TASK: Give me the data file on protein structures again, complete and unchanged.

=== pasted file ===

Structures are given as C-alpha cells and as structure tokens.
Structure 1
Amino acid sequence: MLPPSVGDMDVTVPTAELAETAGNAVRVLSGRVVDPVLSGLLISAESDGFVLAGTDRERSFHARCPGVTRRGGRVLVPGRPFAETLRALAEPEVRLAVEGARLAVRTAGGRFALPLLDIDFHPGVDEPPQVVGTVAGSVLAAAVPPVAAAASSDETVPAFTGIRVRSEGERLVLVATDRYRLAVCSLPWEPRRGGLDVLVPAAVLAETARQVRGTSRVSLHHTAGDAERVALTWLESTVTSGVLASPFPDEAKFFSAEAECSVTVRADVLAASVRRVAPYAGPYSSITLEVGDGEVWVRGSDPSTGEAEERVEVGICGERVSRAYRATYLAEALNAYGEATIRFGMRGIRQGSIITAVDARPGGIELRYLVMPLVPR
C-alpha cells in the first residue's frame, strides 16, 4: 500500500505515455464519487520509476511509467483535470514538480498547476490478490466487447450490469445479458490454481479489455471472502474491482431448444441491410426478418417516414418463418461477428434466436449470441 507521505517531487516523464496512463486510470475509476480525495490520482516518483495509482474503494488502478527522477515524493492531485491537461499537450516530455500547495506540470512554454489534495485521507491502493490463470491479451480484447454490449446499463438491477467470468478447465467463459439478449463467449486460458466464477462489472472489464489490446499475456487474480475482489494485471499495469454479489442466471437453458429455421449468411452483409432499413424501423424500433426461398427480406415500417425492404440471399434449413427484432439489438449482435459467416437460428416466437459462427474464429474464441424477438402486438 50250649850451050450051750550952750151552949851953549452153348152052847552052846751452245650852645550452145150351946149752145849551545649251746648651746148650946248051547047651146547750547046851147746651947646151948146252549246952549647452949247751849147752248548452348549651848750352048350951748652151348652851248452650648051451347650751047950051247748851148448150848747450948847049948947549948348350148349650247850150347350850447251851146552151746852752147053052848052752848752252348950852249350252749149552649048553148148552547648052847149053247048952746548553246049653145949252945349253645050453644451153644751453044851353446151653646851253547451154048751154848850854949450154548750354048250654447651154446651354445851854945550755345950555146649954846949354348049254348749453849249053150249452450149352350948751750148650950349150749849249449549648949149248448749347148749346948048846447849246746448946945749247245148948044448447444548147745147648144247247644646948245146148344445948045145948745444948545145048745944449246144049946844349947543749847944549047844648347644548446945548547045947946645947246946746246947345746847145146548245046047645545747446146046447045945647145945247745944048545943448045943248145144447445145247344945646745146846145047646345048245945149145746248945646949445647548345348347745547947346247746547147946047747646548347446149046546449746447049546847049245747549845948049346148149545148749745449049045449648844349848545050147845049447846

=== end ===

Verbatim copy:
Structures are given as C-alpha cells and as structure tokens.
Structure 1
Amino acid sequence: MLPPSVGDMDVTVPTAELAETAGNAVRVLSGRVVDPVLSGLLISAESDGFVLAGTDRERSFHARCPGVTRRGGRVLVPGRPFAETLRALAEPEVRLAVEGARLAVRTAGGRFALPLLDIDFHPGVDEPPQVVGTVAGSVLAAAVPPVAAAASSDETVPAFTGIRVRSEGERLVLVATDRYRLAVCSLPWEPRRGGLDVLVPAAVLAETARQVRGTSRVSLHHTAGDAERVALTWLESTVTSGVLASPFPDEAKFFSAEAECSVTVRADVLAASVRRVAPYAGPYSSITLEVGDGEVWVRGSDPSTGEAEERVEVGICGERVSRAYRATYLAEALNAYGEATIRFGMRGIRQGSIITAVDARPGGIELRYLVMPLVPR
C-alpha cells in the first residue's frame, strides 16, 4: 500500500505515455464519487520509476511509467483535470514538480498547476490478490466487447450490469445479458490454481479489455471472502474491482431448444441491410426478418417516414418463418461477428434466436449470441 507521505517531487516523464496512463486510470475509476480525495490520482516518483495509482474503494488502478527522477515524493492531485491537461499537450516530455500547495506540470512554454489534495485521507491502493490463470491479451480484447454490449446499463438491477467470468478447465467463459439478449463467449486460458466464477462489472472489464489490446499475456487474480475482489494485471499495469454479489442466471437453458429455421449468411452483409432499413424501423424500433426461398427480406415500417425492404440471399434449413427484432439489438449482435459467416437460428416466437459462427474464429474464441424477438402486438 50250649850451050450051750550952750151552949851953549452153348152052847552052846751452245650852645550452145150351946149752145849551545649251746648651746148650946248051547047651146547750547046851147746651947646151948146252549246952549647452949247751849147752248548452348549651848750352048350951748652151348652851248452650648051451347650751047950051247748851148448150848747450948847049948947549948348350148349650247850150347350850447251851146552151746852752147053052848052752848752252348950852249350252749149552649048553148148552547648052847149053247048952746548553246049653145949252945349253645050453644451153644751453044851353446151653646851253547451154048751154848850854949450154548750354048250654447651154446651354445851854945550755345950555146649954846949354348049254348749453849249053150249452450149352350948751750148650950349150749849249449549648949149248448749347148749346948048846447849246746448946945749247245148948044448447444548147745147648144247247644646948245146148344445948045145948745444948545145048745944449246144049946844349947543749847944549047844648347644548446945548547045947946645947246946746246947345746847145146548245046047645545747446146046447045945647145945247745944048545943448045943248145144447445145247344945646745146846145047646345048245945149145746248945646949445647548345348347745547947346247746547147946047747646548347446149046546449746447049546847049245747549845948049346148149545148749745449049045449648844349848545050147845049447846